Stretching the Vento Bands: Discrimination and Whistleblowing Compensation Increased
Key Contact: Claire Knowles
Author: Adam McGlynn
To what extent are your feelings and mental health affected by the actions of those around you? Perhaps you consider yourself to be more resilient than most, or perhaps more sensitive. With this in mind, to what extent could that impact be quantified as a monetary value? These are the difficult questions employment tribunals must struggle with in order to compensate successful claimants in discrimination and whistleblowing matters by way of an award for injury to feelings and psychiatric injury.
What are Vento Bands?
There is no statutory guidance for injury to feelings or psychiatric injury awards and so tribunals and courts have had to develop and pass down their own guidelines. This led to the establishment of the Vento bands following the 2002 Court of Appeal case of the same name. These bands provide a basic framework for valuing the compensatory awards which has been further developed and built upon through case law over the last two decades. On 26 March 2021, President of the Employment Tribunals (England and Wales) Judge Barry Clarke and the President of the Employment Tribunals (Scotland) Judge Shona Simon released a joint addendum to the Vento band guidance which sets out updated values for claims presented on or after 6 April 2021. The new figures for each Vento band are set out below:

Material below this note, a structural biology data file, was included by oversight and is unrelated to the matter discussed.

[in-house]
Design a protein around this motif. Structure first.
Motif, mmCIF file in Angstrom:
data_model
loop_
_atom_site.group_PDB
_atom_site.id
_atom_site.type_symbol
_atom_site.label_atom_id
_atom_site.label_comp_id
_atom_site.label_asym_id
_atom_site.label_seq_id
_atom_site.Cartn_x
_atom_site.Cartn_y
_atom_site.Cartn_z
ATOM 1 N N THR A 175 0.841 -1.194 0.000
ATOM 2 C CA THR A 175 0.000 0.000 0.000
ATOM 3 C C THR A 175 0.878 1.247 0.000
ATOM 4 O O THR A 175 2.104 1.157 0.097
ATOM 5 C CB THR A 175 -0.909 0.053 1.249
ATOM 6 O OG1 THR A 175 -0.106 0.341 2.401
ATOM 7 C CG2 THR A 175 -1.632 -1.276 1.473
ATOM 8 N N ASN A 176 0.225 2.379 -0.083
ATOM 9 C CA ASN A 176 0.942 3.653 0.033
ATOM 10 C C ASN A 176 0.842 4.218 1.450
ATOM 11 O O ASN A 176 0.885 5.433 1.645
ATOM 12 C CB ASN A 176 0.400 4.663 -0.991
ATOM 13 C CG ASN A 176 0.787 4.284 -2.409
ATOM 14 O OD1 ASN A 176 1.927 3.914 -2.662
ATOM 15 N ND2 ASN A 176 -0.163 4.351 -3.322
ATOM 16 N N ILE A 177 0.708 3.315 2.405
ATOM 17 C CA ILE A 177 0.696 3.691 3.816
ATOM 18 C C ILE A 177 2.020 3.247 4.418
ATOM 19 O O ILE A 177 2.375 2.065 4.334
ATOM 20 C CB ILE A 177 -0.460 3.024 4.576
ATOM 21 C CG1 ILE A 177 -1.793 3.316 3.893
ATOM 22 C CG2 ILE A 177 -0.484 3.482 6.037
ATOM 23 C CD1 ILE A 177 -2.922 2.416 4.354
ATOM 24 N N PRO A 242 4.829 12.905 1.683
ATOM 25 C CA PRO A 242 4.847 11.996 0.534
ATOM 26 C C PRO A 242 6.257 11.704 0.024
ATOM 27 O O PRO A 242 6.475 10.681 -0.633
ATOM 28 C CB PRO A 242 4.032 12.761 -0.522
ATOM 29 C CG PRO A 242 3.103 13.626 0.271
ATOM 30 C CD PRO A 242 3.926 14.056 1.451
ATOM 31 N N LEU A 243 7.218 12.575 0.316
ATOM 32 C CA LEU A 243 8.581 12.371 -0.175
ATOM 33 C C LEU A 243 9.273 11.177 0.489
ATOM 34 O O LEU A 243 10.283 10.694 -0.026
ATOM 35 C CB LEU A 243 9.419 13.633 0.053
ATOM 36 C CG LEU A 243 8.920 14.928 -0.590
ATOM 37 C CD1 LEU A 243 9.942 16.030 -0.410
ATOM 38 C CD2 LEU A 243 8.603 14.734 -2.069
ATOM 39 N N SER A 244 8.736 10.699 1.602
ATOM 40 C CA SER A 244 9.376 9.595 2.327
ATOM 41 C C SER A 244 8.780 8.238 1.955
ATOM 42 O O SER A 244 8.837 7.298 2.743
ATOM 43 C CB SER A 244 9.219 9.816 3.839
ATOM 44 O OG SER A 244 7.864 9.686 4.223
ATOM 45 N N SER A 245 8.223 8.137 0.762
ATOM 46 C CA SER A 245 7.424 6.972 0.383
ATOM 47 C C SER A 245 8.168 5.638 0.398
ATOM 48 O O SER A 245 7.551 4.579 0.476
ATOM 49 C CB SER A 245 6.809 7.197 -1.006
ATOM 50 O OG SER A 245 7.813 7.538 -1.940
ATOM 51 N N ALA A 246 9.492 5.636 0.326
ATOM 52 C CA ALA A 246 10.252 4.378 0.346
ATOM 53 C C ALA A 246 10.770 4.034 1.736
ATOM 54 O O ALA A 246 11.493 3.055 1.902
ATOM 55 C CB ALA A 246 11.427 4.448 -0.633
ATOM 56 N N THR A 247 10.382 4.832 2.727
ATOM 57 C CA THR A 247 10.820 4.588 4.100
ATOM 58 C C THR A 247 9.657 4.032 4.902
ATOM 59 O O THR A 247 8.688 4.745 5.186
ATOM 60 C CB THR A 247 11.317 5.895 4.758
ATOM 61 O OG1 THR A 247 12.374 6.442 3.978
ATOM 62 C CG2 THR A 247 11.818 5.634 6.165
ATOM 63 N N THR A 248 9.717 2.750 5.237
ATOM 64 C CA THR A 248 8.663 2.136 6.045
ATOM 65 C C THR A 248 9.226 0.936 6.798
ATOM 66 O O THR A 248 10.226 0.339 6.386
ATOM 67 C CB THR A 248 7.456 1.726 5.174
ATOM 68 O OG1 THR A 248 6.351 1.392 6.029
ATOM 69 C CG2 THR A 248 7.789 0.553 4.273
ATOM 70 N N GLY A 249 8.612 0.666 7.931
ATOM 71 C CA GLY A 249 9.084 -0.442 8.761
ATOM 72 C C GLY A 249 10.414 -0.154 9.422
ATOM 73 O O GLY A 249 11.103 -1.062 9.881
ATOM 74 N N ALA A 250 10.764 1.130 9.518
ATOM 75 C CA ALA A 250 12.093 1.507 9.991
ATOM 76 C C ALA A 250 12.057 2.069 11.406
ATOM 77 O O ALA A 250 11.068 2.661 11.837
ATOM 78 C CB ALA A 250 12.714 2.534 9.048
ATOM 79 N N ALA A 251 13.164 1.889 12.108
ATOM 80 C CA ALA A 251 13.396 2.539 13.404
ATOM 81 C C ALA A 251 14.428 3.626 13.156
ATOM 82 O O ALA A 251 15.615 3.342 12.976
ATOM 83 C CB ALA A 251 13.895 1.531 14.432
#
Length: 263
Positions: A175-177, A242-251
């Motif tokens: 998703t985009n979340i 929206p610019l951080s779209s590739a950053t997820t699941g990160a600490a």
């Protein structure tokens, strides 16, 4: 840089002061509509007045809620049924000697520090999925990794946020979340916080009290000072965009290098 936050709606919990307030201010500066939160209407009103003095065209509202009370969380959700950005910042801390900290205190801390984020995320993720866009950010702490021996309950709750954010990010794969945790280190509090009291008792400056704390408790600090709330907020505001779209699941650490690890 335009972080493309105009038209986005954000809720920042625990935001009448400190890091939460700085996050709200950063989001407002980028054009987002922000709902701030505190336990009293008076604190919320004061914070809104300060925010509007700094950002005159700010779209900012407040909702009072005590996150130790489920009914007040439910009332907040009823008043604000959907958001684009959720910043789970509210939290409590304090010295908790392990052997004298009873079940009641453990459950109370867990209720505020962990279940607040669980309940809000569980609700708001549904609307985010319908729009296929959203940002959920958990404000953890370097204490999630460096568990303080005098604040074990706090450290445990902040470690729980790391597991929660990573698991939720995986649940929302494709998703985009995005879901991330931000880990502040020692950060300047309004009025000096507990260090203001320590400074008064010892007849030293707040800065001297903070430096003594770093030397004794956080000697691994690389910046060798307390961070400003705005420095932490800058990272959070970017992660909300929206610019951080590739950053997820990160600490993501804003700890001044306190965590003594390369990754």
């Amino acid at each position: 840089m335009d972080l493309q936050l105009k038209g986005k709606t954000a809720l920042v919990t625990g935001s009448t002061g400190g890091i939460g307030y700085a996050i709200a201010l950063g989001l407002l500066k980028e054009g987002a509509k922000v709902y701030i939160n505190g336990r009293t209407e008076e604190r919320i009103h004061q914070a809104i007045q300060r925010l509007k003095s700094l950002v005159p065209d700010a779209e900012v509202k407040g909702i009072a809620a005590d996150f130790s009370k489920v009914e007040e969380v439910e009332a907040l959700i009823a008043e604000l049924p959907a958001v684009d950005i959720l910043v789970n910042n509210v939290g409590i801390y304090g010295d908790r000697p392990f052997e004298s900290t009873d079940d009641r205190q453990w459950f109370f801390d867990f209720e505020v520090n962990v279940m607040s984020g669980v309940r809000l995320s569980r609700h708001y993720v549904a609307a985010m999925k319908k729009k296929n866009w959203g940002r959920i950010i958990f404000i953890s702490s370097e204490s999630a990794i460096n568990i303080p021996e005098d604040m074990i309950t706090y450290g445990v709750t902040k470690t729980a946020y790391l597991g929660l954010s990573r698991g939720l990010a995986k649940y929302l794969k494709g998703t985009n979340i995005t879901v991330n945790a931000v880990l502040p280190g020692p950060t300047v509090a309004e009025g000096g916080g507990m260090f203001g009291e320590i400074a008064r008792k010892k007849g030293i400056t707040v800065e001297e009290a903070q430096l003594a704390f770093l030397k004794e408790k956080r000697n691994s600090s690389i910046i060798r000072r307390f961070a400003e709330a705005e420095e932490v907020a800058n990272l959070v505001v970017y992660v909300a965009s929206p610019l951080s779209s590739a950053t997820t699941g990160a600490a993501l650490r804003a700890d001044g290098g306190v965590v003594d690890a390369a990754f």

Lower Band (£900 – £9,100)
The lower band is for less serious cases, such as isolated, one-off incidents.
Middle Band (£9,100 – £27,400)
The middle band is for more serious cases where mitigating factors mean an award in the highest band is not warranted.
Upper Band (£27,400 – £45,600)
The upper band is for the most serious cases, for example where offences were long-term campaigns and had significant consequences for the claimant.
Beyond the Vento Bands (£45,600 +)
It is possible to exceed the upper band, however, the existence of these guidelines means that only the most exceptional cases would give rise to such a high compensatory award.
Choosing the Right Band
Case law has gradually developed over time to assist tribunals when assessing and valuing injury to feelings and psychiatric injury awards. The effect on the claimant is the most important factor and so tribunals will take into consideration evidence demonstrating the vulnerability of the claimant, physical and mental health consequences of the offence such as stress, anxiety, and panic attacks, and to what extent their career or personal life has been impacted.
If you would like further advice on discrimination or whistleblowing matters and/or how to assess potential liability, please contact our Employment Team.